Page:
Lesbian-Like Women in the Global Middle Ages

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dc.contributor.advisor Phillips, Kim
dc.contributor.advisor Diggelmann, Lindsay
dc.contributor.author Milligan, Grace
dc.date.accessioned 2022-06-30T03:58:01Z
dc.date.available 2022-06-30T03:58:01Z
dc.date.issued 2022 en
dc.identifier.uri https://hdl.handle.net/2292/60244
dc.description Full Text is available to authenticated members of The University of Auckland only. en
dc.description.abstract This thesis is a comparative study of lesbian-like women across three distinct geographical contexts during the late Middle Ages. These contexts are Confucian China, Dar al-Islam, and Latin Christendom. This thesis aims to shine a light on an area of history that is often overlooked, that of the lesbian-like woman, and further compare lesbian-like women of colour to their more prominently studied white counterparts. From here an understanding of what shared experiences lesbian-like women had across three radically different areas can be gleaned. This thesis is divided into three chapters, which examine authoritative sources as well as male- and female-authored texts. The first chapter concludes that despite the varying types of authoritative sources found across the three different contexts they all contribute to a global phallocentric understanding of lesbianism. Regardless of the form of a given authoritative source takes, lesbianism is always framed as phallocentric with the phallic appropriation representing the ultimate transgression a lesbian-like woman commits. The second chapter illustrates that male-authored texts, despite presenting lesbian-like stories, end their tales with intense hetero-sexualization. Lesbian-like behaviour is presented as a strange interlude which eventually ends with a return to normalcy. The third chapter addresses the female perspective through female-authored texts and concludes that female-only spaces became de-facto lesbian-like spaces. Removed from the rigidity of patriarchal expectations these women’s spaces, which they were forced into or praised for entering willingly, gave women a general freedom which allowed for lesbian-like behaviour to be pursued unhindered. Ultimately, this thesis illustrates that lesbian-like women were subjugated like all women across these three distinct cultures but lesbian-like women managed to thrive thanks to a unique apathy for female-female interactions.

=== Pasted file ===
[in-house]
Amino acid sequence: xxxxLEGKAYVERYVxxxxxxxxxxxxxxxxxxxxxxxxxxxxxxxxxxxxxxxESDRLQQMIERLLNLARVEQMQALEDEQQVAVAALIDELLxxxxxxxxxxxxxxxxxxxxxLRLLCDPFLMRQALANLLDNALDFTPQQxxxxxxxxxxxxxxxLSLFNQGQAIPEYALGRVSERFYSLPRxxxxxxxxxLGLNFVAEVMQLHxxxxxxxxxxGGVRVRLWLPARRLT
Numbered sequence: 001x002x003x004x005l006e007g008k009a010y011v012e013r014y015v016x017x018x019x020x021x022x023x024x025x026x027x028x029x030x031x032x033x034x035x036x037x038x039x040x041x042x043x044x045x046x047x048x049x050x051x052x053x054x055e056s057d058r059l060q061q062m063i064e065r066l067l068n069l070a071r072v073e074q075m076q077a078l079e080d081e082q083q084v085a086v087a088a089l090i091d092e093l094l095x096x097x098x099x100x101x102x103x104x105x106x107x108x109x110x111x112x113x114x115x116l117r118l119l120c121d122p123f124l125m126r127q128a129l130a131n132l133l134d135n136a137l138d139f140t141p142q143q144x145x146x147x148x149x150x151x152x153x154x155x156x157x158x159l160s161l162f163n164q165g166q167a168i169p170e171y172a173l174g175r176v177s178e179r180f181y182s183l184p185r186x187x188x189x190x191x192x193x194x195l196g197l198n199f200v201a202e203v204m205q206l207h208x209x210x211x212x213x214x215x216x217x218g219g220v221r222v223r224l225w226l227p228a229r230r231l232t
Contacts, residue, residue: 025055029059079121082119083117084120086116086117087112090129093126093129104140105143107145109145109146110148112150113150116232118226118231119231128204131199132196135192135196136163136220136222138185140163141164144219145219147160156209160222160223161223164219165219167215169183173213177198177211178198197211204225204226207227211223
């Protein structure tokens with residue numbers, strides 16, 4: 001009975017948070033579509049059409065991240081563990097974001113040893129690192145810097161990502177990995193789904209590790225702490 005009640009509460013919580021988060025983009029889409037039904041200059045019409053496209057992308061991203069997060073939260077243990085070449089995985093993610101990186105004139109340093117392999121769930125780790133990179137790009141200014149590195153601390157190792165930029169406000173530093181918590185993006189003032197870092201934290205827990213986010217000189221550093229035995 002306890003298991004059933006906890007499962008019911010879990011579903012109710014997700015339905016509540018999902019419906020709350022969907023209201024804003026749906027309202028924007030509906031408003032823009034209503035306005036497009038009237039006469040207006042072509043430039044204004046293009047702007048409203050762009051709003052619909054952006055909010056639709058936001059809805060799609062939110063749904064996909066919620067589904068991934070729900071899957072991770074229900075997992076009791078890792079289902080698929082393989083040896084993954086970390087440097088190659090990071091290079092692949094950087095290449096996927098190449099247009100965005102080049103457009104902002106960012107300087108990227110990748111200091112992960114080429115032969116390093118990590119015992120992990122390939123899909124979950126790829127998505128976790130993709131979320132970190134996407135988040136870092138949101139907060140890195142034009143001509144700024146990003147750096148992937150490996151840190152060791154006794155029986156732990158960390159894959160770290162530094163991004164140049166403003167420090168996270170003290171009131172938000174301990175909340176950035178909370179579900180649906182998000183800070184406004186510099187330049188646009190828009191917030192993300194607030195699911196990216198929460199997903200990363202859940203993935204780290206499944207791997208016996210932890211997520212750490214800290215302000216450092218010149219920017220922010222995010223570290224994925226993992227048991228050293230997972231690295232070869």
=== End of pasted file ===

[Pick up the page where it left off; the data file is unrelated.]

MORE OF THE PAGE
dc.publisher ResearchSpace@Auckland en
dc.relation.ispartof Masters Thesis - University of Auckland en
dc.relation.isreferencedby UoA en
dc.rights Restricted Item. Full Text is available to authenticated members of The University of Auckland only. en
dc.rights Items in ResearchSpace are protected by copyright, with all rights reserved, unless otherwise indicated.
dc.rights.uri https://researchspace.auckland.ac.nz/docs/uoa-docs/rights.htm en
dc.rights.uri http://creativecommons.org/licenses/by-nc-sa/3.0/nz/
dc.title Lesbian-Like Women in the Global Middle Ages
dc.type Thesis en
thesis.degree.discipline History
thesis.degree.grantor The University of Auckland en
thesis.degree.level Masters en
dc.date.updated 2022-06-06T05:51:46Z
dc.rights.holder Copyright: the author en


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